The Local Plan tries to balance the overriding need to conserve and enhance the natural beauty, wildlife and cultural heritage, with the need for new homes, jobs and services for communities in the National Park. While major developments in landscapes as special as the North York Moors are rare, in exceptional circumstances and where it can be demonstrated that they are in the public interest, these too can be granted permission. Examples you will be familiar with are the Woodsmith Mine development, Boulby Mine, and the replacement of Arqiva’s mast at Bilsdale. Developments such as this are often associated with a Section 106 (S106) legal agreement.
What is a Section 106 agreement?
Section 106 of the Town and Country Planning Act 1990 allows a local planning authority to enter into a legally binding agreement with a developer that requires them to provide pre-agreed wider benefits, alongside their intended project. This can include measures to boost biodiversity, improve local infrastructure or provide affordable housing.
Ultimately, S106 agreements are designed to mitigate and compensate for any impact a development may have on important interests such as local communities, the environment or tourism. If developers are not in a position to mitigate for their activities through their own work (for example by building a proportion of their project as affordable housing), they will be required to pay into a fund overseen by the Local Authority. In the North York Moors National Park, S106 agreements can be used to provide funding for specific areas of conservation work. Here we look at a few recent examples of how S106 funding has been used across the North York Moors.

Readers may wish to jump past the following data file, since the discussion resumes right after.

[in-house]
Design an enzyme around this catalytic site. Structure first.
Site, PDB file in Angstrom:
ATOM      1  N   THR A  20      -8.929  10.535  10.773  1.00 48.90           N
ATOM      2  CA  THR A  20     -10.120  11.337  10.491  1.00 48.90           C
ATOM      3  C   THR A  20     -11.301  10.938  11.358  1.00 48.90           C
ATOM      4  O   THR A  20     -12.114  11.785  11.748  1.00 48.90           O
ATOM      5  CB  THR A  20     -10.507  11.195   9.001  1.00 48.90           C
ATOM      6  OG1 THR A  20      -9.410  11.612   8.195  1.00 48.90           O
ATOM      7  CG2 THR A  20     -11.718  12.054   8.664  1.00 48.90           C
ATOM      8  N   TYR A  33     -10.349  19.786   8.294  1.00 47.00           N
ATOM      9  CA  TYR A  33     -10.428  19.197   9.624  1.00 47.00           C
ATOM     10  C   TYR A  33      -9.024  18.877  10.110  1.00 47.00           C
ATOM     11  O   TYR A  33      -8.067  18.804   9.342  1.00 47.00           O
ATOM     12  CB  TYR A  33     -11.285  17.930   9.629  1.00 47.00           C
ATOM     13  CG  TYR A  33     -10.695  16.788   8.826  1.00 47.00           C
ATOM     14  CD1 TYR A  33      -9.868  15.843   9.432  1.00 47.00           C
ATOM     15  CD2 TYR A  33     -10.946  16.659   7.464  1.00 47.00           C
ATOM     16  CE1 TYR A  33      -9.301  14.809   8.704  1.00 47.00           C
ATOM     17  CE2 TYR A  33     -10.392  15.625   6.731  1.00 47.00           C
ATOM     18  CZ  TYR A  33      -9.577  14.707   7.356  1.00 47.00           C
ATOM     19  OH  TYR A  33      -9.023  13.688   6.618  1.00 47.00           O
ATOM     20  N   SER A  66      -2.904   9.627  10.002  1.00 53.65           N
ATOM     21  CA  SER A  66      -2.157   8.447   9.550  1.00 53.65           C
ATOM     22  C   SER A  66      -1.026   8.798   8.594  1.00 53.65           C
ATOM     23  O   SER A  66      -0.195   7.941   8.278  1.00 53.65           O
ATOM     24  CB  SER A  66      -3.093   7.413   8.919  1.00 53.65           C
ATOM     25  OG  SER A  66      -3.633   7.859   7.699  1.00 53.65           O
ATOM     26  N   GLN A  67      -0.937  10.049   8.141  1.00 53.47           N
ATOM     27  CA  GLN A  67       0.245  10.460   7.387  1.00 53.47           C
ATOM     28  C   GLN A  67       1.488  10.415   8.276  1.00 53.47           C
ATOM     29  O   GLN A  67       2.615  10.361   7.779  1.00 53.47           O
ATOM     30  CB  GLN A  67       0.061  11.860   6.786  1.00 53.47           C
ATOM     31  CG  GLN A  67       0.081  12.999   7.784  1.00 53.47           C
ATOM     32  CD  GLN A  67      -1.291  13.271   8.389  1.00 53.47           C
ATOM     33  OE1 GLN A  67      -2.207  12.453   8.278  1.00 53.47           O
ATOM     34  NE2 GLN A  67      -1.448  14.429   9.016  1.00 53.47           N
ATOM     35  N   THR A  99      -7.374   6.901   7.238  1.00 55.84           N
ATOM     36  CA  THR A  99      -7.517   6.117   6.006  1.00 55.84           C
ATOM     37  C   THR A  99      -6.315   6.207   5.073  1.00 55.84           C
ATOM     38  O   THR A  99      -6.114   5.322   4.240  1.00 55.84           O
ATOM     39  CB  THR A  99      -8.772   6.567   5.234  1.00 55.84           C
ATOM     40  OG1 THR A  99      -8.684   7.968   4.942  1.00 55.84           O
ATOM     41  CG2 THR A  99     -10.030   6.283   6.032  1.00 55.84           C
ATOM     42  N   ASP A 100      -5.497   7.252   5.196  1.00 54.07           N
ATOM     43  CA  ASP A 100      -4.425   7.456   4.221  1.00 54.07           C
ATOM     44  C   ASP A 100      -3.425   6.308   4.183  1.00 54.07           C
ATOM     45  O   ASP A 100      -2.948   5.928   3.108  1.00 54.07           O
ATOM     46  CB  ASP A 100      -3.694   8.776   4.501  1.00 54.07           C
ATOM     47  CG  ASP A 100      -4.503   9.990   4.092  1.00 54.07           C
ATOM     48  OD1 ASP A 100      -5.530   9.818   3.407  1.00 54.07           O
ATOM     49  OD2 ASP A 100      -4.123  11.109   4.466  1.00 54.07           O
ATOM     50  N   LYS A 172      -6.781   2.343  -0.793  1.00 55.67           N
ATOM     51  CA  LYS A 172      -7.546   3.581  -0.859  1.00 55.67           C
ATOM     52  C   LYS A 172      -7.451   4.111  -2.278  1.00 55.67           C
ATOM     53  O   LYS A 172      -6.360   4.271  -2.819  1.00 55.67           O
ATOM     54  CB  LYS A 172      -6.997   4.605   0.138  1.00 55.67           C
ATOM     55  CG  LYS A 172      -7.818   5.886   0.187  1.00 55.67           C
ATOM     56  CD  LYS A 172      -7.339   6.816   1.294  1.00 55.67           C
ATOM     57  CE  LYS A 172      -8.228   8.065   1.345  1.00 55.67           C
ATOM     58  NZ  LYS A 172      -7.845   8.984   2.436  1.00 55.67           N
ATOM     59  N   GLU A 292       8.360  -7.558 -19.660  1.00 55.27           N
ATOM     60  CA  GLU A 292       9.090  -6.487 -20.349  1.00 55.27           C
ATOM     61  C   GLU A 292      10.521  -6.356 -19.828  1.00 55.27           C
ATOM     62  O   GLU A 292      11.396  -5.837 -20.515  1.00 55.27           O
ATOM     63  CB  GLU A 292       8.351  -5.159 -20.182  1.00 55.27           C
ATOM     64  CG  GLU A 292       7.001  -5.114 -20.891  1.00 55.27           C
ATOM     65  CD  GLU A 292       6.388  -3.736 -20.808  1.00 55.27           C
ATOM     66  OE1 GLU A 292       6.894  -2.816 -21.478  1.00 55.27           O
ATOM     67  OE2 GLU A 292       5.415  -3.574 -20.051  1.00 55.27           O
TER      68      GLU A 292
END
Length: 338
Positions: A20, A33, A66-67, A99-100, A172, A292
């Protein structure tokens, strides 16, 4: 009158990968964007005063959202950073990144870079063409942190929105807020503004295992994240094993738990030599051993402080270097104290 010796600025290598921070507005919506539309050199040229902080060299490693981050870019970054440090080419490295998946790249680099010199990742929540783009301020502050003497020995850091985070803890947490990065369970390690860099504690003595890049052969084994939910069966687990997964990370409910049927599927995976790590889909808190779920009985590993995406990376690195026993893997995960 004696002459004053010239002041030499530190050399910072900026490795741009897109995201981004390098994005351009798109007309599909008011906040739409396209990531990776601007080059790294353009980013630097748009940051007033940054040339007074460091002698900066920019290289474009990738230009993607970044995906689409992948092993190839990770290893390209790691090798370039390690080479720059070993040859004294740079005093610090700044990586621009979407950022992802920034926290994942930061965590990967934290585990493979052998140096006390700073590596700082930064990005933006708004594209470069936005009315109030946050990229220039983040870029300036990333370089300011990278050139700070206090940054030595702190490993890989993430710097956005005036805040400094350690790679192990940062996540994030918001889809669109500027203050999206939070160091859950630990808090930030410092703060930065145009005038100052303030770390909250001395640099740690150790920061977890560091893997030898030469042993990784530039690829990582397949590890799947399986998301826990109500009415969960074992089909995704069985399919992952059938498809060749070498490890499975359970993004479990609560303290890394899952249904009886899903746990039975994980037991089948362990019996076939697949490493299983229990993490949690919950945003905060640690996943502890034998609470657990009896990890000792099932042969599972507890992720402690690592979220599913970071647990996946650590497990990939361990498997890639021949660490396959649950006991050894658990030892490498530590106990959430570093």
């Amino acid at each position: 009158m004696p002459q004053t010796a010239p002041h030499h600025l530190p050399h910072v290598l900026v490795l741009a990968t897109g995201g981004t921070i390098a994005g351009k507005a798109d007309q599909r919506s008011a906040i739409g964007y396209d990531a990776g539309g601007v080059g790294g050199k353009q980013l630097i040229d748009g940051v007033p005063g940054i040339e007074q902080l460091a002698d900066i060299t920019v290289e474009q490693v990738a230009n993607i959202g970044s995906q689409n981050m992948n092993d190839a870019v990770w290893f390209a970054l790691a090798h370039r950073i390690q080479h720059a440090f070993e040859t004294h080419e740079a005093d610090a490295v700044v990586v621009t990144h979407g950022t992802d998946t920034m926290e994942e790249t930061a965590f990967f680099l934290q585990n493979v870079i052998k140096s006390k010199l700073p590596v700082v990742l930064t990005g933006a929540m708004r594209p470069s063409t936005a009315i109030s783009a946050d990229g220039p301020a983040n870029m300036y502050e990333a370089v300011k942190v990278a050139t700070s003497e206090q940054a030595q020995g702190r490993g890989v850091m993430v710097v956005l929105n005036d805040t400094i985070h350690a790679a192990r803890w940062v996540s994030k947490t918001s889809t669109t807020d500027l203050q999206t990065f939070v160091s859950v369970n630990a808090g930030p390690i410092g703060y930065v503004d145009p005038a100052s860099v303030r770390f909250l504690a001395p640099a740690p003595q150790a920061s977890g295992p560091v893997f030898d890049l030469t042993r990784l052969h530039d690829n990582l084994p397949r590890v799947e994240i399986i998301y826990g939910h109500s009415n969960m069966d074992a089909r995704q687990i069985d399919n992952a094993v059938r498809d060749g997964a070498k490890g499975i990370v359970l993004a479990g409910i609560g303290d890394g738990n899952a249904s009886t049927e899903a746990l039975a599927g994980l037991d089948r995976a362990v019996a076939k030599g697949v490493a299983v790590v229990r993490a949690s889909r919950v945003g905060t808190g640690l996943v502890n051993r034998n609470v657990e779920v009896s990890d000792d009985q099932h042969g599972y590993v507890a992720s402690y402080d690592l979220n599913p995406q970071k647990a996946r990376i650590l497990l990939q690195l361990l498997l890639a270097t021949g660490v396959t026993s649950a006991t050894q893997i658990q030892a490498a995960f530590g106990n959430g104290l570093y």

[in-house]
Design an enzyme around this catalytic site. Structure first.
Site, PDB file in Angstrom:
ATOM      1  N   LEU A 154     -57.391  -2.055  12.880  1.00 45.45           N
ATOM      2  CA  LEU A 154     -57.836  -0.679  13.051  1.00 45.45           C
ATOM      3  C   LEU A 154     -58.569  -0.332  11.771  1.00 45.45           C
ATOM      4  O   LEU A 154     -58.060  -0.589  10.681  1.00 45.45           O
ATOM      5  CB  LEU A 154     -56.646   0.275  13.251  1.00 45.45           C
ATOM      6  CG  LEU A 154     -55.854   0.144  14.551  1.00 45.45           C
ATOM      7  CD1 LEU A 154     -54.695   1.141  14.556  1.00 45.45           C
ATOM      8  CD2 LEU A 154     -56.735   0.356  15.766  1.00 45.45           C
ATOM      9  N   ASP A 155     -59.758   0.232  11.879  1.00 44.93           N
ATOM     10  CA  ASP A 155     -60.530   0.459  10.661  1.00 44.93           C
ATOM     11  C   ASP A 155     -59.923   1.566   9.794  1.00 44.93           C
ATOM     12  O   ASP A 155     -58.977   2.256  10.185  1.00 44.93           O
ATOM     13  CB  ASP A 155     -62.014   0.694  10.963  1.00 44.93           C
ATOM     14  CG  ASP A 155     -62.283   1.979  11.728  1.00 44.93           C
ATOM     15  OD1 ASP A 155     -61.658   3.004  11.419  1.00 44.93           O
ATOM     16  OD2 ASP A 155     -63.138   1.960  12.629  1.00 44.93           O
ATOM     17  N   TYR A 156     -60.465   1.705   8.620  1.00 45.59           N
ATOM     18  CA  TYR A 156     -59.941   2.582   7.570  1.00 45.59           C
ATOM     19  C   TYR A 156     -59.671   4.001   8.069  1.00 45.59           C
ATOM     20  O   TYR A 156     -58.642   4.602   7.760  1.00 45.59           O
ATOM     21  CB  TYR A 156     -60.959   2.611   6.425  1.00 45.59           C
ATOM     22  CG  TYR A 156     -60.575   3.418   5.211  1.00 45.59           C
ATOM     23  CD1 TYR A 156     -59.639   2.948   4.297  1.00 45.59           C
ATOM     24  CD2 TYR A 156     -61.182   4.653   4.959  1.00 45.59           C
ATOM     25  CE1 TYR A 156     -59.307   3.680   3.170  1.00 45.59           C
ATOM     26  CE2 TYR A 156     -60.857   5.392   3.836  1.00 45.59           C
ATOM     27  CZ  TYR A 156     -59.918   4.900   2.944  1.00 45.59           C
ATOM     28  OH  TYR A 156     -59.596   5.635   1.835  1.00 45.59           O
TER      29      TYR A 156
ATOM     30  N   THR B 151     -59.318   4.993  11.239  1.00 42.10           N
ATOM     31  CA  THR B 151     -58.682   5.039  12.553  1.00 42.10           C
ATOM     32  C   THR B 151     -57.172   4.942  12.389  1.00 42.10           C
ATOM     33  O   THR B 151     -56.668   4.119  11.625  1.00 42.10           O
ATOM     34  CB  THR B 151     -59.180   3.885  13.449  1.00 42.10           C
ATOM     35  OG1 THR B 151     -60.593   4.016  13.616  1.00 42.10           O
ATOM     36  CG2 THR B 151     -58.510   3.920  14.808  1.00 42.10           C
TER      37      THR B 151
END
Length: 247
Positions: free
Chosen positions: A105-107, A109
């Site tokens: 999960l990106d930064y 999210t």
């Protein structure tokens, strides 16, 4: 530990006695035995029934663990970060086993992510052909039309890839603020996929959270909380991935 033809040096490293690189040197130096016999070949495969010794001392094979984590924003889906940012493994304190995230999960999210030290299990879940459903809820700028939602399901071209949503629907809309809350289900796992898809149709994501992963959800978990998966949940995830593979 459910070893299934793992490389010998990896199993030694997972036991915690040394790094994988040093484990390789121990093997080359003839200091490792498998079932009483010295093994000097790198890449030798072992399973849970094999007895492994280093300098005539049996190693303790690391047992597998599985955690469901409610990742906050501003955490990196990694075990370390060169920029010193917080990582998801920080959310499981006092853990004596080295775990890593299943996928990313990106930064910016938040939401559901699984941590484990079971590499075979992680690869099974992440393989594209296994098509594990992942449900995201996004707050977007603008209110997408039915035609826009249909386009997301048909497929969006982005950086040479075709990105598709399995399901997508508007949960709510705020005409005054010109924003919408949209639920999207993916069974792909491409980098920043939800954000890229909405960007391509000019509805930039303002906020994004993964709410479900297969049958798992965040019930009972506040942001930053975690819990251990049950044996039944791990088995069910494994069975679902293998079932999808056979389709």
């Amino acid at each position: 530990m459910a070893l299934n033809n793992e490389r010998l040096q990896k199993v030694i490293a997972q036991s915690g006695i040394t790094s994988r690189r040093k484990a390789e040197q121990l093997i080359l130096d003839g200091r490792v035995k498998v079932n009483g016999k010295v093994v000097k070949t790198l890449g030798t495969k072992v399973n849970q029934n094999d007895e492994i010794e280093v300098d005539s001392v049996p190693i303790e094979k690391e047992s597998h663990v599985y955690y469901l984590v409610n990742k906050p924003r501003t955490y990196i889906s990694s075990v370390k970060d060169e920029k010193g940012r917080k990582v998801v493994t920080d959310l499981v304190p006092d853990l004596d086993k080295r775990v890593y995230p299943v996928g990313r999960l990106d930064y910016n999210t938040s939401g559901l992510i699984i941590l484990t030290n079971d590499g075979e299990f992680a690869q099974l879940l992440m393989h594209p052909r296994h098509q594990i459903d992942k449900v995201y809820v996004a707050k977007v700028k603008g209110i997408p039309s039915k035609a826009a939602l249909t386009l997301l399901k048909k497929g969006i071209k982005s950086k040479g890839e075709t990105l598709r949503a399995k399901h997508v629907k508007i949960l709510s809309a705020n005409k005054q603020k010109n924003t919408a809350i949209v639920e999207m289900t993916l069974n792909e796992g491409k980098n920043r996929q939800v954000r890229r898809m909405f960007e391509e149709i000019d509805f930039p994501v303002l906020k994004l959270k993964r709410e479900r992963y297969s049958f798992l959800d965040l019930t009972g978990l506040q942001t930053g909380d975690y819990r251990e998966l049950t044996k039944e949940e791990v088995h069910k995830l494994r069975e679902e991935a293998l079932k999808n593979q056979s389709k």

Rights of Way improvements
S106 agreements frequently include funding earmarked for local Rights of Way improvements. For example, Yorkshire Cycle Hub pay a small annual S106 fee to fund any repairs or maintenance required to the bridleways around the area, which may see increased usage as a direct result of the Hub.
In 2021/22, a grant of £25,000 from S106 contributions also saw the repair of the Cleveland Way National Trail at Boggle Hole, which had forced the closure of the Youth Hostel following a landslip. The pathway to the Kilburn White Horse from Sutton Bank has also been improved for use by Trampers, including a new crossing point on the A170.
Trees and woodland management
The National Park’s ‘landscape tree scheme’ is an example of a grant programme funded entirely through S106 contributions. Rather than create whole new woodlands, the landscape tree scheme is unique in its ambition to plant standalone trees in fields or along existing hedgerow boundaries. The hope is that the newly planted trees will become the veteran trees of the future, standing in the landscape for many hundreds of years. This is particularly important at a time when we are witnessing the loss of many of our ash trees due to widespread ash dieback.
The scheme is open to anyone who has the space available to plant at least ten trees around their land, which ideally would be a mixture of species, helping to reduce the risk that they succumb to any particular disease. The saplings are provided and planted for free and are maintained and cared-for by the National Park Authority’s woodland team for three years, ensuring they get the best possible start.
Enhancement of the natural environment